On October 25, Josie Wilson (I) broke the five-year girls’ course record in cross country with a time of 19:36 at Cunningham Park, beating the old record by seven seconds. This is Josie’s first season with the team; she previously spent her fall season on the varsity soccer fields. The weather challenged Josie and her teammates on Saturday; occasional downpours soaked most of the course in several inches of water. Milton’s newest record holder talks running and strategy:
Q: Why did you decide to make this your first season running cross country?
JW: I’ve always liked to run, and I have run distance track at Milton since freshman year. Last year my times in track improved significantly. This was the first summer in four years that I didn’t spend at sleep-away camp, so I decided to sign up for a running program called Emerging Elites, to stay in shape. After a summer of training, I realized that I was probably better at running than I was at soccer. I had played soccer for fourteen years, and I loved being a part of the “Wolfpack,” so it was a difficult decision for me to make. I ultimately decided to join the cross country team because I’d put a lot of time into training, and it seemed like a waste not to do anything with it. I wanted to see how strong a runner I could become.
Q: When did you realize you might have a chance at the course record? Was that your goal coming into the season?
JW: I realized that I had a chance at the School record after the first home meet, when I ran a 20:03. I knew that the school record was 19:43, so I realized the time was within my reach. After that meet, breaking the record became one of my goals.
Q: When during the race did you realize you might break the record?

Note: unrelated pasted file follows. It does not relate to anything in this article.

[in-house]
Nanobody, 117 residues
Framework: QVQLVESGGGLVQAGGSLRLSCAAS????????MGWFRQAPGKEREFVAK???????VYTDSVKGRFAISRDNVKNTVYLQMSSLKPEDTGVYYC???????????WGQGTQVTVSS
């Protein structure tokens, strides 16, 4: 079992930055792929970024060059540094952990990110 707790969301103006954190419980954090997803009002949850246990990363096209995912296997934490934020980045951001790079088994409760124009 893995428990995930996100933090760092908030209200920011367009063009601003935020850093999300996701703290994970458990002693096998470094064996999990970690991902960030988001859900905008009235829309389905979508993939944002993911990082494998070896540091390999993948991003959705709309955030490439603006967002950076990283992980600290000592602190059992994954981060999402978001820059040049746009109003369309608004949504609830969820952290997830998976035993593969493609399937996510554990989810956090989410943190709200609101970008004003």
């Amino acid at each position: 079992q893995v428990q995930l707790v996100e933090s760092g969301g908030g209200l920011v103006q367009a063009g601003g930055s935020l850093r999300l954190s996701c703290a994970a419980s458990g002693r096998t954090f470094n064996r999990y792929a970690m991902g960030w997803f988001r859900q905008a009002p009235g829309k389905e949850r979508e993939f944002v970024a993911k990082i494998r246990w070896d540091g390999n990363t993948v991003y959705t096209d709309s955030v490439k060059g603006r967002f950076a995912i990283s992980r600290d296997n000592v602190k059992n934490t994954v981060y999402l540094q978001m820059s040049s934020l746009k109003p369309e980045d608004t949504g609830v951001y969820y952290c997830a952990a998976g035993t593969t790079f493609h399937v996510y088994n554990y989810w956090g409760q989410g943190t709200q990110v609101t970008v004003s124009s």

JW: I knew Saturday was my last shot. I was feeling great, had a good warm up, and was ready to go. I felt really good during the race. I knew my mile splits had to be between 6:14 and 6:18, but when I came to the first mile, I thought my coach called out “6:40” when he actually said 6:14. I tried to keep calm and stick to my race plan. I guess it worked! The one place on the course where I realized that the record was actually within reach was at the beginning of the pavement before turning onto the field. My goal was to be at the pavement before 18:00, leaving me with enough time to finish. When I looked at my watch, it said 17:42, so I knew that if I kept running hard, I was probably going to break the record.
Q: Did the weather conditions on Saturday change your race strategy?
JW: The weather conditions were interesting, to say the least. About 15 minutes before the race, it started pouring. I think it was the hardest rain I’ve ever been in! I tried to stay dry by warming up under the trees, but I inevitably got soaked. I kept my race strategy the same, though. I was going to go out controlled, pay attention to my form, and try to focus the whole time. When we lined up at the starting line, the rain stopped, but the course was drenched. A good portion of the course is in the woods, and the trails had three or four inches of water on them. I couldn’t see my shoes for the majority of the race because they were underwater. Looking back, the weather probably helped me. Every circumstance battled against my breaking the record: I was soaked, the trails were underwater, and the course was slippery. In that way, the weather took the pressure off and allowed me to run my race.
Q: The record you broke was five years old. How long do you think it will be before a runner breaks it again?
JW: I’m not sure how long it will stand.. I would like it to stand for a little while; it’s cool to say that I hold the School record! But I would also like it to be broken, so that another person gets to experience what I felt on Saturday.